Here in the U.S. we seem to be tossing around percentages a lot lately. Especially “the 99%” and “the 1%.” Count me as a proud ’99%-er’ who never aspires to be a ’1%-er.’ Ever. But, then, my life lesson I’m working on isn’t about occupying anything but myself…and doing it the very best that I can.
On July 4th, my daughter, my dog, and I had just gone through the McDonald’s drive thru and had turned onto a busy, six lane road. We were driving along and I decided (with my driver’s seat controls) to roll up my daughter’s window the five or six inches it was open. It’s a two door car, the window quite long, and I didn’t want my dog to manage to get her entire head through it. I pulled up on the window lever, the window started to go up and all of the sudden a loud crash…. the entire window instantaneously shattered inward. The glass landed all over my daughter’s lap, the area space between the seat and the door, and on the back seat and floor.
The loud noise, the glass falling inward… my daughter and I had shrieked, at the same time, same octave. My first thought was… what??? WHAT??? A bullet? A wrist rocket? My daughter, still holding the McDonald’s bag in her hand, was completely in shock…staring at me with eyes and mouth wide open. She said, “mom, the glass is going to cut me!” I told my daughter to stay still, that it was going to be ok, that auto glass isn’t like regular glass. I immediately began looking for room to change lanes so that I could pull over and get off the road. All around us, cars still driving along as though nothing happened.
Once we parked, I helped my daughter carefully get out of the car, then flipped the seat forward and took my dog out. I searched the car and found… nothing but glass. I mentally retraced our path, replaying the scenario, over and over. We had been en route to see a fireworks show and, soon, one of my girlfriends arrived that we had been headed to meet for the fireworks show.
We all just stared at the mess, completely dumbfounded… my daughter and I still shaking and trying hard to calm ourselves.
Making a long story short (no, there’s no hope at this point), I used a shop vac at a nearby gas station to vacuum the bulk of the glass from my car. My friend drove my daughter and my dog back to my place, so they didn’t have to sit in seats that still, no matter the vacuuming, had glass on them. I parked in my spot at my apartment, emptied the glove box of all my personal belongings, taped plastic over my window, locked the car (in theory), went back to my apartment and hoped for the best. The next day I called my insurance and a glass technician with a mobile glass company came and replaced the window. Much as I wanted to attach logic and cause, etc, to the situation… there really was none. The technician gave me an explanation that “sometimes, widows just do that.” Dust can accumulates in the tracks and yadda yadda and then yadda yadda…I don’t know all other factors. But, the end result is: sometimes windows shatter in the blink of an eye, no warning.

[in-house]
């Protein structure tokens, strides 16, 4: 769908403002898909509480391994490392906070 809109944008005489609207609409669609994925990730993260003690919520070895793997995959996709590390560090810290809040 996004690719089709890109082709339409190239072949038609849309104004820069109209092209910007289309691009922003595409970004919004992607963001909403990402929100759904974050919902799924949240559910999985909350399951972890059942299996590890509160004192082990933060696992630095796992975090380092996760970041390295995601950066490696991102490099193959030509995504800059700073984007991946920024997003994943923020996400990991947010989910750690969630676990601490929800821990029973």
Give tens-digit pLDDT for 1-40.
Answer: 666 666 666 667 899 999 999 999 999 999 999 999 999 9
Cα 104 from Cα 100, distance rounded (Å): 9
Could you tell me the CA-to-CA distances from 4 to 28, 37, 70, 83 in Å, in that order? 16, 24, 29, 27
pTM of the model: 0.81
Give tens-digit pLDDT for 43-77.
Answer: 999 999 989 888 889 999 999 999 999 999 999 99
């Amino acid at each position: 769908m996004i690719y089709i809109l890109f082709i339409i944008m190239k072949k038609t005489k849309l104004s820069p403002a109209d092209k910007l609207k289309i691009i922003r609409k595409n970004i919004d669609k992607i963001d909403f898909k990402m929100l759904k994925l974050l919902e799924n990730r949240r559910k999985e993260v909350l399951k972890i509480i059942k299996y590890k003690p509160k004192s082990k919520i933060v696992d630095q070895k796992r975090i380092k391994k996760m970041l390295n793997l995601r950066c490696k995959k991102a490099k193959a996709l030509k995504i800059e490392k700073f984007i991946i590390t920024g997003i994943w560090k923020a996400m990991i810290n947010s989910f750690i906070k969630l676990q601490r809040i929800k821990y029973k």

Yesterday — nearly two months later — I was turning into my apartment complex and started to roll up the passenger window in my car. I realize that my shoulders were rising, muscles tensing. Part of me still steels myself against the possibility, each time now, rolling up the window, that it will come crashing down again.
But I reminded myself that I have driven <mumble mumble> many years and alllll those years… no window has ever shattered like that in any of my cars before. Nor in any of my parents’ cars. Or my friends’ cars. And the list goes on. Not too many people have ever even heard of such a thing happening. Let alone the fact I’ve never known anyone else that actually had it happen to them.
So, I figure the percentages are with me. And that’s how I need to proceed…that needs to be my focus if I am to not drive around with either the widows always rolled up… or not have internal dread and quivering start, every time I go to roll up a widow that I was brave enough to roll down.
And the life lesson hit me, immediately after (as it so, so often does)…and thus I subject share it with you here.
I have let fear — fear of many other types — also inhibit me, particularly lately, as I travel in the no-man’s-land (pun intended) that is post divorce. In real and practical ways, I am living life like it’s a widow that has shattered and now, at any moment, will shatter again.
Even if I go as far as to say that I *have* lived through some shattering widows in my life (which can be debatable, depending on our definition in this metaphor)… regardless, I have always, always, ALWAYS cleaned them up, and gone on about my life. Just as I did with the car widow.
I am not flaunting or taunting fate. I am not begging the universe to “bring it on!” By no means. But I realize that sometimes… metaphorical ‘widows’ just shatter in the blink of an eye, no warning. And, when they do, resilient people clean up the glass, usually seek help, get it taken care of the best they can… and then they get on with life again.
Resilient people…healthy people… think about and focus on the percentages. They act in accordance with the 99% of times that things go right, not crawl under a rock, terrified and unwilling to face the 1% of times that they don’t. They practice each day… they are polishing their courage, each and every day they get out there and do their best.